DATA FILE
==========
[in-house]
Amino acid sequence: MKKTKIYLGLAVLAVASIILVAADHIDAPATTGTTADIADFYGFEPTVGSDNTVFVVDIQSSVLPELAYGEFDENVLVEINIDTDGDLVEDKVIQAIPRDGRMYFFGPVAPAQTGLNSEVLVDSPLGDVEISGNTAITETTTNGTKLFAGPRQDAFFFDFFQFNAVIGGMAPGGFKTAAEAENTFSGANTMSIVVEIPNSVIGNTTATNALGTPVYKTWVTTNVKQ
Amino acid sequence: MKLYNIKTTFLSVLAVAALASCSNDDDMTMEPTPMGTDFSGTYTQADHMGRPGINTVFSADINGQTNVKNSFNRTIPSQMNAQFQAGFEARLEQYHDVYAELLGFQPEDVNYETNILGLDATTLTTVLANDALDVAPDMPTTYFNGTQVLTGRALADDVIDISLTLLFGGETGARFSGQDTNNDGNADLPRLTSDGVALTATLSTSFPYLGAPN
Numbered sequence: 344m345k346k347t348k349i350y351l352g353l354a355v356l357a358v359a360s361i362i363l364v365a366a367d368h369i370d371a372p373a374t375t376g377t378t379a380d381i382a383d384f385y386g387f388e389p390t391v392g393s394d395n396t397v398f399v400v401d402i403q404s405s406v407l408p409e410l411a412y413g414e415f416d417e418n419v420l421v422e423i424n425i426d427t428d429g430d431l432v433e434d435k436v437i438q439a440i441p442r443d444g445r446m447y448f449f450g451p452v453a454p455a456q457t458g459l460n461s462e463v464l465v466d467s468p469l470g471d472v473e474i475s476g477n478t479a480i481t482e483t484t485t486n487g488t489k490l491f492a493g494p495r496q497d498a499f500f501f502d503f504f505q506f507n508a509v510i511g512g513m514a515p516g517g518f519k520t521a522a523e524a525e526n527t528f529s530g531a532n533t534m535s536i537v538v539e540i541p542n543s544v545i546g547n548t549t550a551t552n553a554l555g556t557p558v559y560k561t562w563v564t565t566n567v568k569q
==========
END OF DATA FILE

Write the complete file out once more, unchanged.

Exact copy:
[in-house]
Amino acid sequence: MKKTKIYLGLAVLAVASIILVAADHIDAPATTGTTADIADFYGFEPTVGSDNTVFVVDIQSSVLPELAYGEFDENVLVEINIDTDGDLVEDKVIQAIPRDGRMYFFGPVAPAQTGLNSEVLVDSPLGDVEISGNTAITETTTNGTKLFAGPRQDAFFFDFFQFNAVIGGMAPGGFKTAAEAENTFSGANTMSIVVEIPNSVIGNTTATNALGTPVYKTWVTTNVKQ
Amino acid sequence: MKLYNIKTTFLSVLAVAALASCSNDDDMTMEPTPMGTDFSGTYTQADHMGRPGINTVFSADINGQTNVKNSFNRTIPSQMNAQFQAGFEARLEQYHDVYAELLGFQPEDVNYETNILGLDATTLTTVLANDALDVAPDMPTTYFNGTQVLTGRALADDVIDISLTLLFGGETGARFSGQDTNNDGNADLPRLTSDGVALTATLSTSFPYLGAPN
Numbered sequence: 344m345k346k347t348k349i350y351l352g353l354a355v356l357a358v359a360s361i362i363l364v365a366a367d368h369i370d371a372p373a374t375t376g377t378t379a380d381i382a383d384f385y386g387f388e389p390t391v392g393s394d395n396t397v398f399v400v401d402i403q404s405s406v407l408p409e410l411a412y413g414e415f416d417e418n419v420l421v422e423i424n425i426d427t428d429g430d431l432v433e434d435k436v437i438q439a440i441p442r443d444g445r446m447y448f449f450g451p452v453a454p455a456q457t458g459l460n461s462e463v464l465v466d467s468p469l470g471d472v473e474i475s476g477n478t479a480i481t482e483t484t485t486n487g488t489k490l491f492a493g494p495r496q497d498a499f500f501f502d503f504f505q506f507n508a509v510i511g512g513m514a515p516g517g518f519k520t521a522a523e524a525e526n527t528f529s530g531a532n533t534m535s536i537v538v539e540i541p542n543s544v545i546g547n548t549t550a551t552n553a554l555g556t557p558v559y560k561t562w563v564t565t566n567v568k569q